State v. Elder: DVPO Cannot Authorize Search for Guns

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A judge who issues an emergency or ex parte domestic violence protective order must order the defendant to surrender all firearms in his care, custody or control if the judge makes certain findings about the defendant’s prior conduct. Among the findings that trigger the weapons-surrender requirement is a finding that the defendant used or threatened to use a deadly weapon or has a pattern of prior conduct involving the use or threatened use of violence with a firearm. A defendant served with such an order must immediately surrender his firearms to the sheriff. If the weapons cannot be immediately surrendered, he must surrender them within 24 hours. But what if the defendant does not turn over any firearms? May the protective order authorize the sheriff to search the defendant, his home, and/or his vehicle for such weapons?

No. The North Carolina Supreme Court in State v. Elder, __ N.C. __, ___ S.E.2d ___ (June 11, 2015), held that G.S. 50B-3 did not authorize the district court to include in a domestic violence protective order (DVPO) a directive that law enforcement officers search the defendant, his vehicle and his residence for weapons.

Facts. Gregory Elder’s wife sought an ex parte DVPO in September 2010. The court entered the DVPO, finding that Elder had threatened to get gasoline and torch their son’s preschool, his wife’s house and her sister’s house. The court also found that Elder had said “‘I’m going to get you all,’” and “‘you won’t [expletive deleted] stop me, and the police won’t [expletive deleted] stop me.’” (Slip op. at 2.) Finally, the court found that Elder had a history of substance abuse and mental illness and that he had made threats to anyone who attempted to go into the marital residence.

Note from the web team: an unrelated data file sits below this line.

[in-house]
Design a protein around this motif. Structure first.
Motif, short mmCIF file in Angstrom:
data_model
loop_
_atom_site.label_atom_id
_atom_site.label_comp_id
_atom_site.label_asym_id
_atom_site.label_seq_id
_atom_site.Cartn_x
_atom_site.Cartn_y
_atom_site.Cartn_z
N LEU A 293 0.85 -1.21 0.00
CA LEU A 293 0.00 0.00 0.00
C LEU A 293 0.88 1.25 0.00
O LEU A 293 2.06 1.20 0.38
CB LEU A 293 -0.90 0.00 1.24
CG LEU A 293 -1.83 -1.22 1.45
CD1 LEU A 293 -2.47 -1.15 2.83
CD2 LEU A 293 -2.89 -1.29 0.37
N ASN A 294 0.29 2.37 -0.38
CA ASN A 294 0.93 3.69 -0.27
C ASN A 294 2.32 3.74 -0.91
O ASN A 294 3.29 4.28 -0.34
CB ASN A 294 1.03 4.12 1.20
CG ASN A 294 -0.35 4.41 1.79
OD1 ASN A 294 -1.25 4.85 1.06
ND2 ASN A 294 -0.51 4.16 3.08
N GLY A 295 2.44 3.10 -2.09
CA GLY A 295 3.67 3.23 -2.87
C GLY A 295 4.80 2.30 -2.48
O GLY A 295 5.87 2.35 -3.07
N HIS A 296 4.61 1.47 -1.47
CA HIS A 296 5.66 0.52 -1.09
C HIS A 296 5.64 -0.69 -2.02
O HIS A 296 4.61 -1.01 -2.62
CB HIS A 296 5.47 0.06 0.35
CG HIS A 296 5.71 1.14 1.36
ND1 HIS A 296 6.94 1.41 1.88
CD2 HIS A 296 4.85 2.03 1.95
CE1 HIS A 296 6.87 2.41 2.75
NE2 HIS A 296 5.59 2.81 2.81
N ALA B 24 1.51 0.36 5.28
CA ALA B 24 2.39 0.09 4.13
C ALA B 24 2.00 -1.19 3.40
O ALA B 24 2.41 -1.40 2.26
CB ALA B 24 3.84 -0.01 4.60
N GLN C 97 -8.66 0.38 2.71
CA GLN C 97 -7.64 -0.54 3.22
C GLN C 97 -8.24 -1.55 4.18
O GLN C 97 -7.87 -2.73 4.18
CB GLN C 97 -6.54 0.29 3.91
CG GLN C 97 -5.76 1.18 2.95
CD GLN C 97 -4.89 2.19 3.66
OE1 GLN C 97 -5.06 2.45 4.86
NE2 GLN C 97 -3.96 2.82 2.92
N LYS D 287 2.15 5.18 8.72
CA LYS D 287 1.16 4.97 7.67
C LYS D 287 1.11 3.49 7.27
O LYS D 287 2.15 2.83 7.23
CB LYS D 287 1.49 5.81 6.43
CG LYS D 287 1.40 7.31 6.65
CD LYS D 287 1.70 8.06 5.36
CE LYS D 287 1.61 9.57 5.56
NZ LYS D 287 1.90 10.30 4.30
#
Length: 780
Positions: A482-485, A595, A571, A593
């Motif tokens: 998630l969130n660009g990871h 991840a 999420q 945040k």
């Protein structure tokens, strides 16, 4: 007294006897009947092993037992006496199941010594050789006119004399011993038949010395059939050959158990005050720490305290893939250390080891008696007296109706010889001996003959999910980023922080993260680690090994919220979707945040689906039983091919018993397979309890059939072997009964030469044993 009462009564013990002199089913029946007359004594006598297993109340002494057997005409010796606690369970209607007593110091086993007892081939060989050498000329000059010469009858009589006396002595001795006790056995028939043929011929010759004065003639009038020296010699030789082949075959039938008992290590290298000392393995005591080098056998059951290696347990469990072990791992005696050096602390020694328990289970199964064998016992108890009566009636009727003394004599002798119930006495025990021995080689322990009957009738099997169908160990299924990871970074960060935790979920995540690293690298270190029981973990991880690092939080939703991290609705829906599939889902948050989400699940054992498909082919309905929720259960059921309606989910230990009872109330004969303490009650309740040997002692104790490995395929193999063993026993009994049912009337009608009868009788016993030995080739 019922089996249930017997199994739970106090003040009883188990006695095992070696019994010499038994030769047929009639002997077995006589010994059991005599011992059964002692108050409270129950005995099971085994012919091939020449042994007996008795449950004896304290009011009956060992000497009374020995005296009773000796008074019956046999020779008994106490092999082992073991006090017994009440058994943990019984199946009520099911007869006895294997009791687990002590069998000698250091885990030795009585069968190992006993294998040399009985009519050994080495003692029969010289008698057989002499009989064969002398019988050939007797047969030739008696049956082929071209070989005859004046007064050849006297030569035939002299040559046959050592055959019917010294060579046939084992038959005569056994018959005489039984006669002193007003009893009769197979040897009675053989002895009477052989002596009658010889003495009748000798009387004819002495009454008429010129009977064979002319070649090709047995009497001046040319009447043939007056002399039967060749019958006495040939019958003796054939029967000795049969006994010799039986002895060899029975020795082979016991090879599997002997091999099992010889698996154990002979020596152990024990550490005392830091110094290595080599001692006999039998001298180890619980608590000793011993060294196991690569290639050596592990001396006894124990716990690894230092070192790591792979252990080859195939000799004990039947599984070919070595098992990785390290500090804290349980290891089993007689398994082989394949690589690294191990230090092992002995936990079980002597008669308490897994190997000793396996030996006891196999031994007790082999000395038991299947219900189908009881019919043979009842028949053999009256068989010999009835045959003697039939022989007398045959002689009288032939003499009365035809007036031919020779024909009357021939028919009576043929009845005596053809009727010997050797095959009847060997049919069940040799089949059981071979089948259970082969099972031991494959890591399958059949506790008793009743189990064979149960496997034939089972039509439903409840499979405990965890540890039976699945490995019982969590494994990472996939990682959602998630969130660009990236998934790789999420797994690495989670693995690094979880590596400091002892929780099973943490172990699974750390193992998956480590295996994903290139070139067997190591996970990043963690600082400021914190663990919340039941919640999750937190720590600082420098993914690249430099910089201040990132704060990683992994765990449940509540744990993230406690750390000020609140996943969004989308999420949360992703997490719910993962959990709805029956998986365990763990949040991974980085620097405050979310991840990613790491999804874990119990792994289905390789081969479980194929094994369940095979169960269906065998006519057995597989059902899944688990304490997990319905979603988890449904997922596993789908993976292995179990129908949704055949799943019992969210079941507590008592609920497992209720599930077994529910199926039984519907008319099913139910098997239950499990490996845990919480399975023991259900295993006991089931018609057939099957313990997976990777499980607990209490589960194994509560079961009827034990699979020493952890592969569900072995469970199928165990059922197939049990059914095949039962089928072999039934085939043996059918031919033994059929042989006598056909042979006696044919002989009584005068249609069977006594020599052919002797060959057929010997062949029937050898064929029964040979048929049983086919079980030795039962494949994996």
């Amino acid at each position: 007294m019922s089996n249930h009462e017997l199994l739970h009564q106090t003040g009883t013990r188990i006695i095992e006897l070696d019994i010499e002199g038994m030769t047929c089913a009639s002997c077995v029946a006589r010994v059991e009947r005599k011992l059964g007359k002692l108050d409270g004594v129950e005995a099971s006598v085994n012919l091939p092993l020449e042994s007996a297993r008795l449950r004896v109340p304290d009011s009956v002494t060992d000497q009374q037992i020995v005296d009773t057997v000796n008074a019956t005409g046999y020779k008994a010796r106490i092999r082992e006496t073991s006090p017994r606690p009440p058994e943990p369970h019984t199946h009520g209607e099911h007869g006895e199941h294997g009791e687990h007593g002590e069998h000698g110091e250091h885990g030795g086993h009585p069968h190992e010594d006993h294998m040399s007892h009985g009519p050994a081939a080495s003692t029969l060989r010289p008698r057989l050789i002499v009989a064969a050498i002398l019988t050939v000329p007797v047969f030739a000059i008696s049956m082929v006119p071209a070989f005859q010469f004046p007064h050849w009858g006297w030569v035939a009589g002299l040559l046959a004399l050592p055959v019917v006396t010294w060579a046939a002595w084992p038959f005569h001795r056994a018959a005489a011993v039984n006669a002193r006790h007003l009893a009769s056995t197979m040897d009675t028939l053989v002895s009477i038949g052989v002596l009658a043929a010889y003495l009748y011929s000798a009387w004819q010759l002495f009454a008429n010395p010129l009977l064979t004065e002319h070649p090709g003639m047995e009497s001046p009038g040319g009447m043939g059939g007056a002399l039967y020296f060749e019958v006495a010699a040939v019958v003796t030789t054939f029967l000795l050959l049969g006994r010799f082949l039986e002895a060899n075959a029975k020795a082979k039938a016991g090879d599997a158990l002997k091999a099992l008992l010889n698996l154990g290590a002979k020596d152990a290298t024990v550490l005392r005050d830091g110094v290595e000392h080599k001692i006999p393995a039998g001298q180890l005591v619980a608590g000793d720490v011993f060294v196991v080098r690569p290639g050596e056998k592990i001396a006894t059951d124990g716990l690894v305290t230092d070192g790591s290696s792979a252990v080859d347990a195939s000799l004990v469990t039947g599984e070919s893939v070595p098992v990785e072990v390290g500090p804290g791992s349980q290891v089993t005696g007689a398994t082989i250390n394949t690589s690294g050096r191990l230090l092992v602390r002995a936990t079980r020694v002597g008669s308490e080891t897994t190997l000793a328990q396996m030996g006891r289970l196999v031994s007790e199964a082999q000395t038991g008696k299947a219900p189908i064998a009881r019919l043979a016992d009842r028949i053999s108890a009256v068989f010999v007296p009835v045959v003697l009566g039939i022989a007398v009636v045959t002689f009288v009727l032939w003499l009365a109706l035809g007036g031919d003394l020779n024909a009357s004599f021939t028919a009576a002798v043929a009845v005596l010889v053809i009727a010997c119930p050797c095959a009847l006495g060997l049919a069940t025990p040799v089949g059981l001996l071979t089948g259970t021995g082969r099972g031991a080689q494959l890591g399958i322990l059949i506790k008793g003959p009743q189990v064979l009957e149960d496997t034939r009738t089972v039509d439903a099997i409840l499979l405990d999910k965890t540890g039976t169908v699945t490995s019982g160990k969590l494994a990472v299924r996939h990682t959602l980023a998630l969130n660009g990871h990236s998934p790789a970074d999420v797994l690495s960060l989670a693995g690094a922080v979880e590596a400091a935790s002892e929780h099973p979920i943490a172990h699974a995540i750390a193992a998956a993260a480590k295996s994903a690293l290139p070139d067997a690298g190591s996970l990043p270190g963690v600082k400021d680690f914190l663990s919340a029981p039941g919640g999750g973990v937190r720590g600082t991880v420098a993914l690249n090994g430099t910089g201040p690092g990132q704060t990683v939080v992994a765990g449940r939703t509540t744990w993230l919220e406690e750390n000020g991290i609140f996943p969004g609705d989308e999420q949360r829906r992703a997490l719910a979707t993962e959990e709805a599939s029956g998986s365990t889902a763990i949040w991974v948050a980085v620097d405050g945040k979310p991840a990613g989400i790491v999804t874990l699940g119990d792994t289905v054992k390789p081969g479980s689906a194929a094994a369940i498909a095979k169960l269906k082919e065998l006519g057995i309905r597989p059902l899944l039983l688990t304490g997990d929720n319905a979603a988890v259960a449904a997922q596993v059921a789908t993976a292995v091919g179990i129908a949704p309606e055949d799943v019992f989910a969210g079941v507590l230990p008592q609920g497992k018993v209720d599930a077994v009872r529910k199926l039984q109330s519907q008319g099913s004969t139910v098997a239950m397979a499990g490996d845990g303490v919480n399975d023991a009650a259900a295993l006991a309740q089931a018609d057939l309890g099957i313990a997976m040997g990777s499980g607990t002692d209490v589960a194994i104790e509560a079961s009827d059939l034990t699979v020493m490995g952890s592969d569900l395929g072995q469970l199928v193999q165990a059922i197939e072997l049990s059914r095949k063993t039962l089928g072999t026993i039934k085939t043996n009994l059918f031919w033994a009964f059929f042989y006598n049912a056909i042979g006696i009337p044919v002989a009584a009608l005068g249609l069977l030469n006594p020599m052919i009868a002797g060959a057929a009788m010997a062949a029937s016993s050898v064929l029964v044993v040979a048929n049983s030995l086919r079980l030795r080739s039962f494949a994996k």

The court concluded that Elder had committed acts of domestic violence in the past and that he continued to present a danger of future violence. The court ordered him to surrender his firearms, ammunition and gun permits, as provided in G.S. 50B-3.1.

Relying on G.S. 50B-3(a)(13), which authorizes the court to include as relief in a DVPO “any additional prohibitions or requirements the court deems necessary to protect any party or minor child,” the court ordered that “‘[a]ny Law Enforcement officer serving this Order shall search the Defendant’s person, vehicle and residence and seize any and all weapons found.’” (Slip op. at 2.)

The DVPO contained no findings that Elder owned or possessed a weapon.

Service of the DVPO. After several attempts, officers successfully served the DVPO on Elder three days after it was issued. They knocked on his door for fifteen minutes. Elder came outside and locked the door behind him―a reasonable precaution since there was marijuana growing operation inside.